Bill Powers

An Introduction to Perceptual Control Theory— Standing at the Crossroads

Many people have some sense of what control is about, but very few understand clearly how control works and even fewer (including control engineers) understand clearly what a control systems controls: Not “output” or “action” but perception of whatever is being controlled; that which action accomplishes. When you stop to think about it, you realize that a control system knows nothing about output or actions; it “knows” only what it senses. The distinction may seem trivial, but the consequences are profound. Bill Powers puts it all in context. […]

I control therefore I am therefore I control
Introduction

Once around the loop

Elements of the control loop have been labeled slightly different by different people at different times and for different purposes, whether for a very plain explanation or for more mathematical treatment of the physical functions.  […]

Geese flying
Introduction

PCT in 11 steps

Control is a process of acting on the world we perceive to make it the way we want it to be, and to keep it that way. Examples of control: standing upright; walking; steering a car; scrambling eggs; scratching an itch; knitting socks; singing a tune. Extruding a pseudopod to absorb a nanospeck of food (all organisms control, not only human beings). The smallest organisms control by biochemical means, bigger ones by means of a nervous system. […]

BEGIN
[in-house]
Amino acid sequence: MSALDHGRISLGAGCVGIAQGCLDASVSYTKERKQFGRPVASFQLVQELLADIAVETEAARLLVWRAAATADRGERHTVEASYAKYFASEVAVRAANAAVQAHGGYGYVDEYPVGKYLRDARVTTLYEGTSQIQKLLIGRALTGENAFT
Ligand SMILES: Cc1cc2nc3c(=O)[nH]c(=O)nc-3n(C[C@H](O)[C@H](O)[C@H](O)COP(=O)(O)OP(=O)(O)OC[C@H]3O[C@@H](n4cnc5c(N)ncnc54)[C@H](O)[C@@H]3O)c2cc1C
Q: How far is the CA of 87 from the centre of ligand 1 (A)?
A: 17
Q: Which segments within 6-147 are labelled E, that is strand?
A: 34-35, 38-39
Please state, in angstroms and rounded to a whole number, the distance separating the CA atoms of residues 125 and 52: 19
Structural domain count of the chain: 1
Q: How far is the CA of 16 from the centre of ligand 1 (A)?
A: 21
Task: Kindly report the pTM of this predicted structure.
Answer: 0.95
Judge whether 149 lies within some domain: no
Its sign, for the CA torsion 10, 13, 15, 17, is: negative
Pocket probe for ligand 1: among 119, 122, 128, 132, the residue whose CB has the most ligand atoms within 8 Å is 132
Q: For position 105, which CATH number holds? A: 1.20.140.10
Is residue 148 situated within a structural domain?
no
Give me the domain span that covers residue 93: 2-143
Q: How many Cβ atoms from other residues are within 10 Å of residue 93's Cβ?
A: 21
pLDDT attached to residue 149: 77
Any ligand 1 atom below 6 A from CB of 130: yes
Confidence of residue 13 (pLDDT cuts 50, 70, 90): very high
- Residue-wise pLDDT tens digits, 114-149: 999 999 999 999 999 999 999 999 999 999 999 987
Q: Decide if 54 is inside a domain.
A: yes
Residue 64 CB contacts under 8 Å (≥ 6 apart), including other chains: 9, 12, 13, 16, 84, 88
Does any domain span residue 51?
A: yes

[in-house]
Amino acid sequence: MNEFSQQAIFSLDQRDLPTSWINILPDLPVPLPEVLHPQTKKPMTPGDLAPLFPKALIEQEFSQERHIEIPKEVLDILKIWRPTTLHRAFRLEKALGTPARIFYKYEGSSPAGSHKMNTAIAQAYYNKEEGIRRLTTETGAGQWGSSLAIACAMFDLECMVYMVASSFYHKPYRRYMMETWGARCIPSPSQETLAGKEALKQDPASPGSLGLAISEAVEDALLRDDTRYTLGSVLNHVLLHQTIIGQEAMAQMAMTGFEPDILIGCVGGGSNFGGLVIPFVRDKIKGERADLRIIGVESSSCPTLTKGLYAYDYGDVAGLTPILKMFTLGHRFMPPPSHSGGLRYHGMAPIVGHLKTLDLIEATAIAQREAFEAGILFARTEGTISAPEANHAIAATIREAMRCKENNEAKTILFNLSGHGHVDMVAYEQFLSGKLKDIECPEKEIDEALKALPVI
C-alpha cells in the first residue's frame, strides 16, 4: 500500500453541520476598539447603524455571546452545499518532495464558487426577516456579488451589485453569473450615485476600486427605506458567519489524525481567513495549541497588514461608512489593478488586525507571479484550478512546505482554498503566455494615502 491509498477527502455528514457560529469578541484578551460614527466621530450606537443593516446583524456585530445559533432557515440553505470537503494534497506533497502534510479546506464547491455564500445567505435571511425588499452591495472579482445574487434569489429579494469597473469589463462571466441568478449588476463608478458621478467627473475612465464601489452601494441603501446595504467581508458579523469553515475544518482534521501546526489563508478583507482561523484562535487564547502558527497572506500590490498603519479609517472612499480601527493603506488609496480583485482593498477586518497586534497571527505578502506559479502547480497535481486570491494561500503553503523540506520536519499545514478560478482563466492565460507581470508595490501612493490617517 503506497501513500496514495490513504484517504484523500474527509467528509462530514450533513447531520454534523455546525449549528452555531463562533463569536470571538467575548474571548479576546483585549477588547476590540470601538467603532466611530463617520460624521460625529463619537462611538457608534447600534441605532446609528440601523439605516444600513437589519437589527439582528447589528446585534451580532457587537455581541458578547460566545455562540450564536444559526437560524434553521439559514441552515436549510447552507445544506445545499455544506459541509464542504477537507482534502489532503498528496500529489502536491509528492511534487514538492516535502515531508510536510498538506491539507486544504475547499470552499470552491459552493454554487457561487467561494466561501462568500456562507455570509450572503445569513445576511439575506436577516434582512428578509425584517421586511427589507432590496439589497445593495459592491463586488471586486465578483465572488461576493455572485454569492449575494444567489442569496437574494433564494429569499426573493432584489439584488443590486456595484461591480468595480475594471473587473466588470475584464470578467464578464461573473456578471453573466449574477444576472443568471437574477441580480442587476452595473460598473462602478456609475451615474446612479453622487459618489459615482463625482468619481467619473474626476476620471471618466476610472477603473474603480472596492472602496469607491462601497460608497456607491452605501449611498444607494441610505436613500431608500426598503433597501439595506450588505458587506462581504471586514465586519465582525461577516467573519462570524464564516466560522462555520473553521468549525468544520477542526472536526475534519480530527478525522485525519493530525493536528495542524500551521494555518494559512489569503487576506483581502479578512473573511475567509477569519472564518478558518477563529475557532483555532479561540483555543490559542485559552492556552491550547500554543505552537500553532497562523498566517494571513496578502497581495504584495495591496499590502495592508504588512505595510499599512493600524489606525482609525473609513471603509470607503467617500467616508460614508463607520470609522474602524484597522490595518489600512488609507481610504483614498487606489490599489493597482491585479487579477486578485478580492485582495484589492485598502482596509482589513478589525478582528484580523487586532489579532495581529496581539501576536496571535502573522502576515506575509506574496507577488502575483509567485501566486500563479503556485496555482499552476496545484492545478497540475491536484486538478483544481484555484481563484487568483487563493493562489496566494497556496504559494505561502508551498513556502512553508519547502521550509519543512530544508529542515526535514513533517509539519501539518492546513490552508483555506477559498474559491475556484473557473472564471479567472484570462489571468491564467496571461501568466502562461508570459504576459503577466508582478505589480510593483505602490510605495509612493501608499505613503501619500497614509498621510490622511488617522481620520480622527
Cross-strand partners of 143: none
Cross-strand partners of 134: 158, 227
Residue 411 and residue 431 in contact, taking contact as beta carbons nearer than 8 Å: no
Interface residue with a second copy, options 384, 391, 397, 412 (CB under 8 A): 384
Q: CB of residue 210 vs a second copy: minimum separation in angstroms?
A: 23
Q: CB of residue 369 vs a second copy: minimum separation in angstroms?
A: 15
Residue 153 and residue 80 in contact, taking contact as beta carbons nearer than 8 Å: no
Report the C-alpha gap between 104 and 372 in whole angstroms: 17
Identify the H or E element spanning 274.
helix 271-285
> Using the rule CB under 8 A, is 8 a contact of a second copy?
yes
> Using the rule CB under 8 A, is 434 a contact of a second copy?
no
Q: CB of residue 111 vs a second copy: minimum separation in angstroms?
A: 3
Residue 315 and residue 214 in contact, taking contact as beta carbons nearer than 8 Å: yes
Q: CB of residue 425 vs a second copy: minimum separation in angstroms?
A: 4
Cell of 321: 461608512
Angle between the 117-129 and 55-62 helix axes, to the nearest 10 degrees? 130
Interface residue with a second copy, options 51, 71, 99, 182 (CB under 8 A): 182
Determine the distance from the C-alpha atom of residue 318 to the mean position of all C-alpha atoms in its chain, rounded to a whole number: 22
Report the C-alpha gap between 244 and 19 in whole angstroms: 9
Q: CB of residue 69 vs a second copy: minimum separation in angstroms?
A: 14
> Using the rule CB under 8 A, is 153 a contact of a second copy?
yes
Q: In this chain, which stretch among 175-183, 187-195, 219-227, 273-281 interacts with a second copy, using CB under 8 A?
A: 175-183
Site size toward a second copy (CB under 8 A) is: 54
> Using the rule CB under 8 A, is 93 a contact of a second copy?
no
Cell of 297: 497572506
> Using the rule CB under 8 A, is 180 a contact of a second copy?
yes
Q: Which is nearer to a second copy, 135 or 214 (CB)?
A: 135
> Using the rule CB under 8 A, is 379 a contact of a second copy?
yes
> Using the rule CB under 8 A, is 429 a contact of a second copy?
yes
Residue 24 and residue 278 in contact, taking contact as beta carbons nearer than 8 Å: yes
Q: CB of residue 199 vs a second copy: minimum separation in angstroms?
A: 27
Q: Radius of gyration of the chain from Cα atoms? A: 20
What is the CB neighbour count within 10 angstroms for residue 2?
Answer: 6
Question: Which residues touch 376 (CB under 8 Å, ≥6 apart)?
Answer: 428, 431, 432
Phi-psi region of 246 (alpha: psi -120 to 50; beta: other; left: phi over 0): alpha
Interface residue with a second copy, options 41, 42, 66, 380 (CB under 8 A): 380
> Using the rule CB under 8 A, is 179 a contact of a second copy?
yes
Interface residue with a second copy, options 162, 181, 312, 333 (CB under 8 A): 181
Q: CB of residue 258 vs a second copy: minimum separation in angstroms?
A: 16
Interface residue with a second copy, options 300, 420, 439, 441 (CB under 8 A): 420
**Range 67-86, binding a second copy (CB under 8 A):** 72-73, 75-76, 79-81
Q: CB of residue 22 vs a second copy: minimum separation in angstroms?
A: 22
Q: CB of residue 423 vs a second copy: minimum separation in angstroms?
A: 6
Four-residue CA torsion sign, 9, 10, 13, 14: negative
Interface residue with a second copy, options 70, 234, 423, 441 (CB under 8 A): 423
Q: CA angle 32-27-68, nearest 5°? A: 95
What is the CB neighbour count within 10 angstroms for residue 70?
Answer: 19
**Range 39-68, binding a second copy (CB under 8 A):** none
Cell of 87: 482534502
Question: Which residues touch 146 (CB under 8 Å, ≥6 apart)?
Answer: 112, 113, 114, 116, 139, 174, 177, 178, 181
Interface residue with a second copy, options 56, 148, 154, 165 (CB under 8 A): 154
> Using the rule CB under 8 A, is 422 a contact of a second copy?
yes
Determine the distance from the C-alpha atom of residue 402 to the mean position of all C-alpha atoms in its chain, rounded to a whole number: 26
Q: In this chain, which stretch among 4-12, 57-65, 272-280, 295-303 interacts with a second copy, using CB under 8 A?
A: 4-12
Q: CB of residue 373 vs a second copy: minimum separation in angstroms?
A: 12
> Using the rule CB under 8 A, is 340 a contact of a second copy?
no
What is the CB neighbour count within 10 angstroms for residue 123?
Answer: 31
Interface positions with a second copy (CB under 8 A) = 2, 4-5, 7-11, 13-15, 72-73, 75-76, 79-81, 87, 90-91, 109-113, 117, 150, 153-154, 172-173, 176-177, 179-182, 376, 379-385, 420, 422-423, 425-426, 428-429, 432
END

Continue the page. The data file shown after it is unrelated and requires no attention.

Papers

The Rubber Band Demo

Dag Forssell This script and the accompanying video are designed to introduce and demonstrate the basic concept of PCT. The article Perceptual Control: Management Insight for Problem Solving, in the book: Management and Leadership: Insight […]

Books

People as Living Things. The Psychology of Perceptual Control

“I started reading your book to see whatever you have to say about systems. Then I really got fascinated by your book and read it from start to finish. Very impressive! And a feast of recognition where you say that integrating PCT into your thinking does not come overnight but takes years. Your knowledge of the psychological literature is enormous and the way you linked PCT thinking with that literature (or discussed it against the background of that literature) was very instructive to me.” —Frans X. Plooij, Director, International Research-institute on Infant Studies (IRIS), The Netherlandshen I really got fascinated by your book and read it from start to finish. Very impressive! And a feast of recognition where you say that integrating PCT into your thinking does not come overnight but takes years. Your knowledge of the psychological literature is enormous and the way you linked PCT thinking with that literature (or discussed it against the background of that literature) was very instructive to me.” —Frans X. Plooij, Director, International Research-institute on Infant Studies (IRIS), The Netherlands […]

PCT Websites

Allison Powers

Allison Powers established a Facebook page, WTPowersArchives, about Bill Powers’ personal archives at Northwestern University in Evanston, Illinois. Review and indexing of the materials is underway. Archivist: Kevin Leonard. […]